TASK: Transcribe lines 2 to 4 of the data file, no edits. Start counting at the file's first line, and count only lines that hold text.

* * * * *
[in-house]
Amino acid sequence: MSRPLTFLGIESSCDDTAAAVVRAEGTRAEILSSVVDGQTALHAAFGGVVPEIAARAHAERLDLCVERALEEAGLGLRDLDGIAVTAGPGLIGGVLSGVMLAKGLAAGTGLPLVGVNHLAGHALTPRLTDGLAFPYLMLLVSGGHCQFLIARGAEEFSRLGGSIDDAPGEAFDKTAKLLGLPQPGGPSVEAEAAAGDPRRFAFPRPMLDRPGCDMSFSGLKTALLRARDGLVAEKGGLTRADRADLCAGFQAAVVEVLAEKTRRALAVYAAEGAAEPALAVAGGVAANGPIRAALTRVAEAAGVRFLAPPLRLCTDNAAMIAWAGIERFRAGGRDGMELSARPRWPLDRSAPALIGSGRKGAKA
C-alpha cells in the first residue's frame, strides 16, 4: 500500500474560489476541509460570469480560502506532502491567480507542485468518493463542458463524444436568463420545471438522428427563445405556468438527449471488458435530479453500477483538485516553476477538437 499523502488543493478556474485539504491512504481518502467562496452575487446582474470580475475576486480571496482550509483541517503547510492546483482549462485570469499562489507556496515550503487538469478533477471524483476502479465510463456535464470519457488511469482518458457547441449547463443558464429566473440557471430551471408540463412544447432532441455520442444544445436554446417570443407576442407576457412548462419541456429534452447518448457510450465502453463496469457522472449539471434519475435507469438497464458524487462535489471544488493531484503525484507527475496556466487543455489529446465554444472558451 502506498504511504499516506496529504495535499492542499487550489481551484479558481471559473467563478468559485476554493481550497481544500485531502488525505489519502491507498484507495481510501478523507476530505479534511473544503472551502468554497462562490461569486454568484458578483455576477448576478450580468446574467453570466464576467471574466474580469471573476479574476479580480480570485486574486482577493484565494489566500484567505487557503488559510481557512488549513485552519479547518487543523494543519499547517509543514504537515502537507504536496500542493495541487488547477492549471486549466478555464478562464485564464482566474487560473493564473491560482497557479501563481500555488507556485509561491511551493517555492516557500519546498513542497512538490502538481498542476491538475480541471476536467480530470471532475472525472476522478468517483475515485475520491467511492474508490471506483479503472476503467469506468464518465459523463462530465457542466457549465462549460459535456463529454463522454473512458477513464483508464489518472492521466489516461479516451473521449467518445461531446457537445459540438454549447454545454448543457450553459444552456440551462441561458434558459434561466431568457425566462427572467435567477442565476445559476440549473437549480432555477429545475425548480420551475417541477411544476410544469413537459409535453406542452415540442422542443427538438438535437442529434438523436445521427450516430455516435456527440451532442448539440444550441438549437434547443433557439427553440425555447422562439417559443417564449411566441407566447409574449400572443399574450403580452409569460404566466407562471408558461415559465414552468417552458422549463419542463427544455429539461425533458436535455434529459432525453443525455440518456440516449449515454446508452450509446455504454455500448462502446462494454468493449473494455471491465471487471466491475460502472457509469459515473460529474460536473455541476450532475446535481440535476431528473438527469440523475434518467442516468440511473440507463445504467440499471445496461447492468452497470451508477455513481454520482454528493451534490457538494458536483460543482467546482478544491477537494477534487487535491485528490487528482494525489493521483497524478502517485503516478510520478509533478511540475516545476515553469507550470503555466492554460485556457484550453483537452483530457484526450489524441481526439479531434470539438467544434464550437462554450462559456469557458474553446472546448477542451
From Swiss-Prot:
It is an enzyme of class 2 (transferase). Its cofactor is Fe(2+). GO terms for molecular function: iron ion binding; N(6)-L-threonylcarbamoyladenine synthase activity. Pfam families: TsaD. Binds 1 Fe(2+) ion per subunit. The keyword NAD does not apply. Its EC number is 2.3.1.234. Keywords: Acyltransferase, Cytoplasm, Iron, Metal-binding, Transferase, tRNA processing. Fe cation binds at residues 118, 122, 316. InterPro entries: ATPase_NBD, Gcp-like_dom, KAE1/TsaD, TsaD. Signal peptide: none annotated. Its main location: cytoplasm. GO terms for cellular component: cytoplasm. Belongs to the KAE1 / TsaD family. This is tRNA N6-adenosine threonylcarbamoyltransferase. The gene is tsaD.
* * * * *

Amino acid sequence: MSRPLTFLGIESSCDDTAAAVVRAEGTRAEILSSVVDGQTALHAAFGGVVPEIAARAHAERLDLCVERALEEAGLGLRDLDGIAVTAGPGLIGGVLSGVMLAKGLAAGTGLPLVGVNHLAGHALTPRLTDGLAFPYLMLLVSGGHCQFLIARGAEEFSRLGGSIDDAPGEAFDKTAKLLGLPQPGGPSVEAEAAAGDPRRFAFPRPMLDRPGCDMSFSGLKTALLRARDGLVAEKGGLTRADRADLCAGFQAAVVEVLAEKTRRALAVYAAEGAAEPALAVAGGVAANGPIRAALTRVAEAAGVRFLAPPLRLCTDNAAMIAWAGIERFRAGGRDGMELSARPRWPLDRSAPALIGSGRKGAKA
C-alpha cells in the first residue's frame, strides 16, 4: 500500500474560489476541509460570469480560502506532502491567480507542485468518493463542458463524444436568463420545471438522428427563445405556468438527449471488458435530479453500477483538485516553476477538437 499523502488543493478556474485539504491512504481518502467562496452575487446582474470580475475576486480571496482550509483541517503547510492546483482549462485570469499562489507556496515550503487538469478533477471524483476502479465510463456535464470519457488511469482518458457547441449547463443558464429566473440557471430551471408540463412544447432532441455520442444544445436554446417570443407576442407576457412548462419541456429534452447518448457510450465502453463496469457522472449539471434519475435507469438497464458524487462535489471544488493531484503525484507527475496556466487543455489529446465554444472558451 502506498504511504499516506496529504495535499492542499487550489481551484479558481471559473467563478468559485476554493481550497481544500485531502488525505489519502491507498484507495481510501478523507476530505479534511473544503472551502468554497462562490461569486454568484458578483455576477448576478450580468446574467453570466464576467471574466474580469471573476479574476479580480480570485486574486482577493484565494489566500484567505487557503488559510481557512488549513485552519479547518487543523494543519499547517509543514504537515502537507504536496500542493495541487488547477492549471486549466478555464478562464485564464482566474487560473493564473491560482497557479501563481500555488507556485509561491511551493517555492516557500519546498513542497512538490502538481498542476491538475480541471476536467480530470471532475472525472476522478468517483475515485475520491467511492474508490471506483479503472476503467469506468464518465459523463462530465457542466457549465462549460459535456463529454463522454473512458477513464483508464489518472492521466489516461479516451473521449467518445461531446457537445459540438454549447454545454448543457450553459444552456440551462441561458434558459434561466431568457425566462427572467435567477442565476445559476440549473437549480432555477429545475425548480420551475417541477411544476410544469413537459409535453406542452415540442422542443427538438438535437442529434438523436445521427450516430455516435456527440451532442448539440444550441438549437434547443433557439427553440425555447422562439417559443417564449411566441407566447409574449400572443399574450403580452409569460404566466407562471408558461415559465414552468417552458422549463419542463427544455429539461425533458436535455434529459432525453443525455440518456440516449449515454446508452450509446455504454455500448462502446462494454468493449473494455471491465471487471466491475460502472457509469459515473460529474460536473455541476450532475446535481440535476431528473438527469440523475434518467442516468440511473440507463445504467440499471445496461447492468452497470451508477455513481454520482454528493451534490457538494458536483460543482467546482478544491477537494477534487487535491485528490487528482494525489493521483497524478502517485503516478510520478509533478511540475516545476515553469507550470503555466492554460485556457484550453483537452483530457484526450489524441481526439479531434470539438467544434464550437462554450462559456469557458474553446472546448477542451
From Swiss-Prot: